All posts tagged Treasury Board

The Operations Committee leaps into action to protect whistleblowers – or does it?

This piece was first published in the Hill Times on February 13, 2017.

Whistleblower protection advocates across Canada were celebrating last week when the news broke that Hon. Scott Brison, President of Treasury Board, had suddenly asked the Government Operations Committee (OGGO) to conduct a review of the federal whistleblower protection law (the PSDPA). This review, which by law should have taken place 5 years ago, has been steadfastly blocked by Treasury Board since 2012. Why the sudden change of heart? No-one knows.

The big question now is whether members of OGGO can find the time, determination and resources to do justice to this very important task, handed to them at very short notice.

Hearings began on Tuesday, and on Thursday morning three civil society witnesses were called – Allan Cutler, David Yazbeck and myself. We presented damning testimony regarding the dysfunctional nature of both the law and the Integrity Commissioner’s office. We pleaded with the committee to call a wide range of follow-up witnesses – outside experts rather than those running the system – in order to obtain a proper understanding of how badly broken the current system is. And we offered detailed suggestions on how to fix it.… Read the rest

Government doesn’t care about whistleblowers

From left to right: Mario Dion, Pierre Poilievre, Tony Clement and Wayne Wouters

Sean Bruyea

Canada’s Public Sector Integrity Commissioner, Clerk of the Privy Council, President of Treasury Board and Pierre Poilievre need some serious schooling from University of Saskatchewan’s recent uproar over the unjust firing of a whistleblowing professor. Maybe then public servant whistleblowers who truly care about the public will be protected and not persecuted by an insular and out-of-touch senior bureaucracy.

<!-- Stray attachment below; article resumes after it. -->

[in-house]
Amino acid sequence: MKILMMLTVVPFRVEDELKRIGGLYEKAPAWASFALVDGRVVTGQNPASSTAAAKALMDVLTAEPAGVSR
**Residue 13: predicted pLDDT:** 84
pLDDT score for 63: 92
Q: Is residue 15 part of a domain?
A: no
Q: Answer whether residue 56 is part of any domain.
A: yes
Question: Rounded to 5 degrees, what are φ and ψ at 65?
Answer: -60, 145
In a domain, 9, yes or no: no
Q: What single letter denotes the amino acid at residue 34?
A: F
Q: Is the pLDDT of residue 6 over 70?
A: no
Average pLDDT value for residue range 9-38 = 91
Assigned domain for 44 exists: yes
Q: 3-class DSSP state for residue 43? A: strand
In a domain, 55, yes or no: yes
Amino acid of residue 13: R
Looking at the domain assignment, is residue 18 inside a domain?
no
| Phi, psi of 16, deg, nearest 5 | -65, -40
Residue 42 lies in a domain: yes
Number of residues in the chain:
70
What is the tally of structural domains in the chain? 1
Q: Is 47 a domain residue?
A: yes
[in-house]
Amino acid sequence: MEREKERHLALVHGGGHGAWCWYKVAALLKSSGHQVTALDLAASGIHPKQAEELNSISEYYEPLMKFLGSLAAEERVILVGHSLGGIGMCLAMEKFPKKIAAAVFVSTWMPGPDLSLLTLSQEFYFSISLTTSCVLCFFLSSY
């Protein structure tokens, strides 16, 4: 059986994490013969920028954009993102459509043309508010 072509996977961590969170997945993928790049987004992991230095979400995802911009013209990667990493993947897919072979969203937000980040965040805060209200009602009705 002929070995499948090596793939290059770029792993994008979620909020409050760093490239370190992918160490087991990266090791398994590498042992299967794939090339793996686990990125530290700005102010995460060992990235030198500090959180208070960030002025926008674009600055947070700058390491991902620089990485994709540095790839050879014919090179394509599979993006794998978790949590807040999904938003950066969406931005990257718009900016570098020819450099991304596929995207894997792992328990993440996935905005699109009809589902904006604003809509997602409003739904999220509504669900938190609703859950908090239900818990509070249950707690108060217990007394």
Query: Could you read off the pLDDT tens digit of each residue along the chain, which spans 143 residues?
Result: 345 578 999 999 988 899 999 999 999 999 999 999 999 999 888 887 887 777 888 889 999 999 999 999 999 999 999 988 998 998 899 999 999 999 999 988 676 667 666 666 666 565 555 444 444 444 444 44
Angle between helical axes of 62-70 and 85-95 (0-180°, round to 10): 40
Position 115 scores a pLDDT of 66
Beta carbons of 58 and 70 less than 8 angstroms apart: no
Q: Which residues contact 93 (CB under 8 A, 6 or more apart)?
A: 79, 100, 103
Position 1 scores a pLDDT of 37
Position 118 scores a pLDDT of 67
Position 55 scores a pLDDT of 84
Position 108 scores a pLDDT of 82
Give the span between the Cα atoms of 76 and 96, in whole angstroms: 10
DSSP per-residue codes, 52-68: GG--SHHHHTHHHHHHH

Robert Buckingham, a tenured professor, was fired May 14, 2014 from the University of Saskatchewan. His crime: speaking out against a money-saving plan to restructure and reduce faculties and staff.  Dr. Buckingham reported the usual litany of whistleblower reprisals including attacks to his credibility, management isolating him, intimidation and even an escort off campus after his dismissal.

What was unusual for Canada was the reaction. Students held mass demonstrations, politicians waded in, and academics worldwide pressured both the university and the provincial government to defend a whistleblower. Dr. Buckingham had his tenure restored the next day. The following week, the university provost, author of the letter firing Robert Buckingham, resigned. The university president was fired from her post but offered another position and a hefty severance.… Read the rest

Another perspective on sick leave increases

Allan Cutler 

This piece was first published in the Hill Times on February 17, 2014.

There is a move by the current Conservative government to reduce sick leave benefits for the rank and file public servants. The argument is that the amount of sick leave being used has increased from the past and is excessive. Treasury Board figures show it at 18 days a year. This is more than a public servant accumulates each year. Looking at this ‘deficit’ usage, TB must be right about the increase. Public servants have to be drawing from the leave that has been accumulated over the years. Whether or not, TB does anything, this will eventually stop. Sooner or later, the public service will run out of sick leave credits.

Of course the above statement, as Tony Clement the President of TB is aware, ignores the unpaid sick days and long-term disability that are included in the 18 days. The impression is given that public servants are taking excessive sick leave. What is needed to truly understand the numbers is the total of each one.

For these, we have to ignore Tony Clement and go to an impartial authority, the Parliamentary Budget Officer (PBO), Jean-Denis Fréchette.… Read the rest